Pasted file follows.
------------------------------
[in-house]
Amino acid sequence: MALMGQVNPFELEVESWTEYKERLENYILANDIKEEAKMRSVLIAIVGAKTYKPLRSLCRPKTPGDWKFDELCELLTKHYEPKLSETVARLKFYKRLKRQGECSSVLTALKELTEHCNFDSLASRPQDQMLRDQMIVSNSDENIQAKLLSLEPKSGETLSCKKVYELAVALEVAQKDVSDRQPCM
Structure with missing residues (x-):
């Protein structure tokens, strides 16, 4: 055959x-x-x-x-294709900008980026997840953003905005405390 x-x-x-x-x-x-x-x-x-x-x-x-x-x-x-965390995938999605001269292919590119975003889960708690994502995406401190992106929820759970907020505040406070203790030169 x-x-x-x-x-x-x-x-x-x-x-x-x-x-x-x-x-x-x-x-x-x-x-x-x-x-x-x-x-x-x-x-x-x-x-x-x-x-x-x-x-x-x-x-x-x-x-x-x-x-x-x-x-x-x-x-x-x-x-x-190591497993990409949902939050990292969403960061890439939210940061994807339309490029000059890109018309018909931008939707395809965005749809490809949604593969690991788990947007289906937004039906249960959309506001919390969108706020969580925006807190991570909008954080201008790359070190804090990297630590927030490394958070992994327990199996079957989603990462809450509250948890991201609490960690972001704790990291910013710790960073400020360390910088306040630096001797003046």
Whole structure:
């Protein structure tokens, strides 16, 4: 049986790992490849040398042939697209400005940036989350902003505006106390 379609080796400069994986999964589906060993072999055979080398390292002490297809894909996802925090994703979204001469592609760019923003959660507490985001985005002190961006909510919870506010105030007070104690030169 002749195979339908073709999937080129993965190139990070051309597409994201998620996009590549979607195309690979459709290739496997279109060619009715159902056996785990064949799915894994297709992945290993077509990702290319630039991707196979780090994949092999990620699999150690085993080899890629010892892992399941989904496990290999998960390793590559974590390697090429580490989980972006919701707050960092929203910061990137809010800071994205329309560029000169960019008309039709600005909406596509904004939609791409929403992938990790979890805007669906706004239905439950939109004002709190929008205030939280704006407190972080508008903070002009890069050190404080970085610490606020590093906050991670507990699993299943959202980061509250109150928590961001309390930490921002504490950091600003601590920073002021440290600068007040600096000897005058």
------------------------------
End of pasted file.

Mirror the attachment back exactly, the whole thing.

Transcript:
[in-house]
Amino acid sequence: MALMGQVNPFELEVESWTEYKERLENYILANDIKEEAKMRSVLIAIVGAKTYKPLRSLCRPKTPGDWKFDELCELLTKHYEPKLSETVARLKFYKRLKRQGECSSVLTALKELTEHCNFDSLASRPQDQMLRDQMIVSNSDENIQAKLLSLEPKSGETLSCKKVYELAVALEVAQKDVSDRQPCM
Structure with missing residues (x-):
């Protein structure tokens, strides 16, 4: 055959x-x-x-x-294709900008980026997840953003905005405390 x-x-x-x-x-x-x-x-x-x-x-x-x-x-x-965390995938999605001269292919590119975003889960708690994502995406401190992106929820759970907020505040406070203790030169 x-x-x-x-x-x-x-x-x-x-x-x-x-x-x-x-x-x-x-x-x-x-x-x-x-x-x-x-x-x-x-x-x-x-x-x-x-x-x-x-x-x-x-x-x-x-x-x-x-x-x-x-x-x-x-x-x-x-x-x-190591497993990409949902939050990292969403960061890439939210940061994807339309490029000059890109018309018909931008939707395809965005749809490809949604593969690991788990947007289906937004039906249960959309506001919390969108706020969580925006807190991570909008954080201008790359070190804090990297630590927030490394958070992994327990199996079957989603990462809450509250948890991201609490960690972001704790990291910013710790960073400020360390910088306040630096001797003046």
Whole structure:
């Protein structure tokens, strides 16, 4: 049986790992490849040398042939697209400005940036989350902003505006106390 379609080796400069994986999964589906060993072999055979080398390292002490297809894909996802925090994703979204001469592609760019923003959660507490985001985005002190961006909510919870506010105030007070104690030169 002749195979339908073709999937080129993965190139990070051309597409994201998620996009590549979607195309690979459709290739496997279109060619009715159902056996785990064949799915894994297709992945290993077509990702290319630039991707196979780090994949092999990620699999150690085993080899890629010892892992399941989904496990290999998960390793590559974590390697090429580490989980972006919701707050960092929203910061990137809010800071994205329309560029000169960019008309039709600005909406596509904004939609791409929403992938990790979890805007669906706004239905439950939109004002709190929008205030939280704006407190972080508008903070002009890069050190404080970085610490606020590093906050991670507990699993299943959202980061509250109150928590961001309390930490921002504490950091600003601590920073002021440290600068007040600096000897005058």